Selasa, 12 Februari 2013

Edmund Phelps trashes rational expectations

I'm not generally one to enjoy reading interviews with macroeconomists, but this one is an exception. Published yesterday in Bloomberg, it features an interview by Caroline Baum of Edmund Phelps, Nobel Prize winner for his work on the relationship between inflation and unemployment. This focus of the interview is on Phelp's views of the rational expectations revolution. He is not a big fan:
Q (Baum): So how did adaptive expectations morph into rational expectations?

A (Phelps): The "scientists" from Chicago and MIT came along to say, we have a well-established theory of how prices and wages work. Before, we used a rule of thumb to explain or predict expectations: Such a rule is picked out of the air. They said, let's be scientific. In their mind, the scientific way is to suppose price and wage setters form their expectations with every bit as much understanding of markets as the expert economist seeking to model, or predict, their behavior. The rational expectations approach is to suppose that the people in the market form their expectations in the very same way that the economist studying their behavior forms her expectations: on the basis of her theoretical model.

Q: And what's the consequence of this putsch?

A: Craziness for one thing. You’re not supposed to ask what to do if one economist has one model of the market and another economist a different model. The people in the market cannot follow both economists at the same time. One, if not both, of the economists must be wrong. Another thing: It’s an important feature of capitalist economies that they permit speculation by people who have idiosyncratic views and an important feature of a modern capitalist economy that innovators conceive their new products and methods with little knowledge of whether the new things will be adopted -- thus innovations. Speculators and innovators have to roll their own expectations. They can’t ring up the local professor to learn how. The professors should be ringing up the speculators and aspiring innovators. In short, expectations are causal variables in the sense that they are the drivers. They are not effects to be explained in terms of some trumped-up causes.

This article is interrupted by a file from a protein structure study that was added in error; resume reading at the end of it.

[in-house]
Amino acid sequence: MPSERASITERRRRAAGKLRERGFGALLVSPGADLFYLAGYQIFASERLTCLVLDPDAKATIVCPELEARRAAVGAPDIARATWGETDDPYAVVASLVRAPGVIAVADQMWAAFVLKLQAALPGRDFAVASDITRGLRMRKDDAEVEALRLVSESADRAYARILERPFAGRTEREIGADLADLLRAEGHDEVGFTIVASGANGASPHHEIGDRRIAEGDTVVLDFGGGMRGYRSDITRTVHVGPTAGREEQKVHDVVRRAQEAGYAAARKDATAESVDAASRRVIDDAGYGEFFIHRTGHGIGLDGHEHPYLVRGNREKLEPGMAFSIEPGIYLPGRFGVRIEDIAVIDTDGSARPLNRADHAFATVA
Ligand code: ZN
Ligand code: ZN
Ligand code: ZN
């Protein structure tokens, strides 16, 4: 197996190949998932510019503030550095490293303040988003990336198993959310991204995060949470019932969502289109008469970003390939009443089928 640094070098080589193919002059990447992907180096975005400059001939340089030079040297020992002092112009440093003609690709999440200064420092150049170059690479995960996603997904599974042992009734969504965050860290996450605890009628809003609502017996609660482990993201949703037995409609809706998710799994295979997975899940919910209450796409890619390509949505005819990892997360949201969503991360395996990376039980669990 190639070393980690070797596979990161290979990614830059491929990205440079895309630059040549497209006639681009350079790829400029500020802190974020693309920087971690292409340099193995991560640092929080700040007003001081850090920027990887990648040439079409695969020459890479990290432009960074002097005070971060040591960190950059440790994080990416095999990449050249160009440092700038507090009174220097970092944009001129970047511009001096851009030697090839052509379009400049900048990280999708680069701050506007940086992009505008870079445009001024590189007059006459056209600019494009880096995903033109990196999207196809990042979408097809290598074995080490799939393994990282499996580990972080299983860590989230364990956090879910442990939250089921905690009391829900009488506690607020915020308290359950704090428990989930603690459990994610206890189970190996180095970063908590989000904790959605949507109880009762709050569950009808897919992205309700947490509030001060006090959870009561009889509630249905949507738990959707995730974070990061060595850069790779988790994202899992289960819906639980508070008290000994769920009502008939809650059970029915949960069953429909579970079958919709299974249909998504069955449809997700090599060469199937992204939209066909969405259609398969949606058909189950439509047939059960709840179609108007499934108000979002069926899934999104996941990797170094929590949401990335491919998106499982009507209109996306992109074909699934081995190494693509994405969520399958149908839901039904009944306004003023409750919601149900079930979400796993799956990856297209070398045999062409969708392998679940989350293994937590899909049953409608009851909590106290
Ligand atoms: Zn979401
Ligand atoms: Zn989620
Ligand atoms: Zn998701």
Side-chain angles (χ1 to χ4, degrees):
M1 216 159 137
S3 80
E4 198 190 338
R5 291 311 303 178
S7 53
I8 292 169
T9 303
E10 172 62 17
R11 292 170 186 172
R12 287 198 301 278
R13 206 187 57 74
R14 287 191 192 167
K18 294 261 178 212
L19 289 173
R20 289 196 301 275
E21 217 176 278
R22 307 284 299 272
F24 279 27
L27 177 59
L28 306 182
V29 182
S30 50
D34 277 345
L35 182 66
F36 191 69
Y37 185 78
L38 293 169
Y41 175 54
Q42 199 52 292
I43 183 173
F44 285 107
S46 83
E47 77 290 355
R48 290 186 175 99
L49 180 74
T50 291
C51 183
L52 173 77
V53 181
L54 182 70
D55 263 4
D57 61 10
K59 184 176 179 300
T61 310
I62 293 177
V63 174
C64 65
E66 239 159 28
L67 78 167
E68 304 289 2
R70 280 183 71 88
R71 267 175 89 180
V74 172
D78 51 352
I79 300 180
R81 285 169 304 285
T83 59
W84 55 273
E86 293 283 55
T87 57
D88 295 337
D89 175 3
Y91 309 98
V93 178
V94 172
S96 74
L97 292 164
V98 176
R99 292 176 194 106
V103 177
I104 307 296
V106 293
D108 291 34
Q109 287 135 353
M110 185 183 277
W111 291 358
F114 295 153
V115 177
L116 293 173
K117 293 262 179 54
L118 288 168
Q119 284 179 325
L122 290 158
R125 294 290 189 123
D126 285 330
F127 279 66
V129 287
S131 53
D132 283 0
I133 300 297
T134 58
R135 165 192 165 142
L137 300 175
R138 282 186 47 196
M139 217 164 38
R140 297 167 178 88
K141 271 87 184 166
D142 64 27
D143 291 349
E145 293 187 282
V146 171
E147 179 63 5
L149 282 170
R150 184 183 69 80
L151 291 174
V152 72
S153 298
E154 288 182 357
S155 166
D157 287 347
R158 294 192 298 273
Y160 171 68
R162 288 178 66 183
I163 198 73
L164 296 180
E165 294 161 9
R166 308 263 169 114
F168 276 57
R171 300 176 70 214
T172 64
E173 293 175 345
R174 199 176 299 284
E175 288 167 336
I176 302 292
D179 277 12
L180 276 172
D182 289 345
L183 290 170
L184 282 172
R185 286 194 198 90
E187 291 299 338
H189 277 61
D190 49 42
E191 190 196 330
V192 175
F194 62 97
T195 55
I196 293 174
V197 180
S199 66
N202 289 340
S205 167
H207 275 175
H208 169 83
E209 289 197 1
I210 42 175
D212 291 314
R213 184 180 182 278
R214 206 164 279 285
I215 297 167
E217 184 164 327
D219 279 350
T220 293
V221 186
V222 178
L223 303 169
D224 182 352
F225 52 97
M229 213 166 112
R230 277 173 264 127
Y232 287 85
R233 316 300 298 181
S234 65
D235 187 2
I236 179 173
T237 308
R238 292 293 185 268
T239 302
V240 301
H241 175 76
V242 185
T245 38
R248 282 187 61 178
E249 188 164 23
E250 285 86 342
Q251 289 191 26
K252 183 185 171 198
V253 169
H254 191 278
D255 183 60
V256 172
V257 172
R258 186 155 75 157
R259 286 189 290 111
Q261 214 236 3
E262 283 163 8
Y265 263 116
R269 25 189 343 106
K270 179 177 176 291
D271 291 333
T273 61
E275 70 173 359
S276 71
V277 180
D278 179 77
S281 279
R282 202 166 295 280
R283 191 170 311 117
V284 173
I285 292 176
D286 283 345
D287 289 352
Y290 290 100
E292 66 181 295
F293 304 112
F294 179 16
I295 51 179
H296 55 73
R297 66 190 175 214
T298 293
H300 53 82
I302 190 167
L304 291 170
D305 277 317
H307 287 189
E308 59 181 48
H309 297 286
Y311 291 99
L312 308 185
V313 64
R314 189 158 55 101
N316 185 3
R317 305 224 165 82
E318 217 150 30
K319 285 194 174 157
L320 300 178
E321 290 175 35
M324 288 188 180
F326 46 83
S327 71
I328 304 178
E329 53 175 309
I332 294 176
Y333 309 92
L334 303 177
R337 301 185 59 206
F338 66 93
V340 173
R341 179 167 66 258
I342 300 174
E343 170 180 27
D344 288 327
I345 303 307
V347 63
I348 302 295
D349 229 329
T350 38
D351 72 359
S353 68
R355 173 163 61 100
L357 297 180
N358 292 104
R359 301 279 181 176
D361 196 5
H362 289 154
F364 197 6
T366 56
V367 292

Q: So rather than live with variability, write a formula in stone!

A: What led to rational expectations was a fear of the uncertainty and, worse, the lack of understanding of how modern economies work. The rational expectationists wanted to bottle all that up and replace it with deterministic models of prices, wages, even share prices, so that the math looked like the math in rocket science. The rocket’s course can be modeled while a living modern economy’s course cannot be modeled to such an extreme. It yields up a formula for expectations that looks scientific because it has all our incomplete and not altogether correct understanding of how economies work inside of it, but it cannot have the incorrect and incomplete understanding of economies that the speculators and would-be innovators have.
I think this is exactly the issue: "fear of uncertainty". No science can be effective if it aims to banish uncertainty by theoretical fiat. And this is what really makes rational expectations economics stand out as crazy when compared to other areas of science and engineering. It's a short interview, well worth a quick read.

Highly ironic also that, nearly half a century after Lucas and others began pushing this stuff, the trend is now back toward "adaptive expectations." Is rational expectations anything other than an expensive 50 year diversion into useless nonsense?

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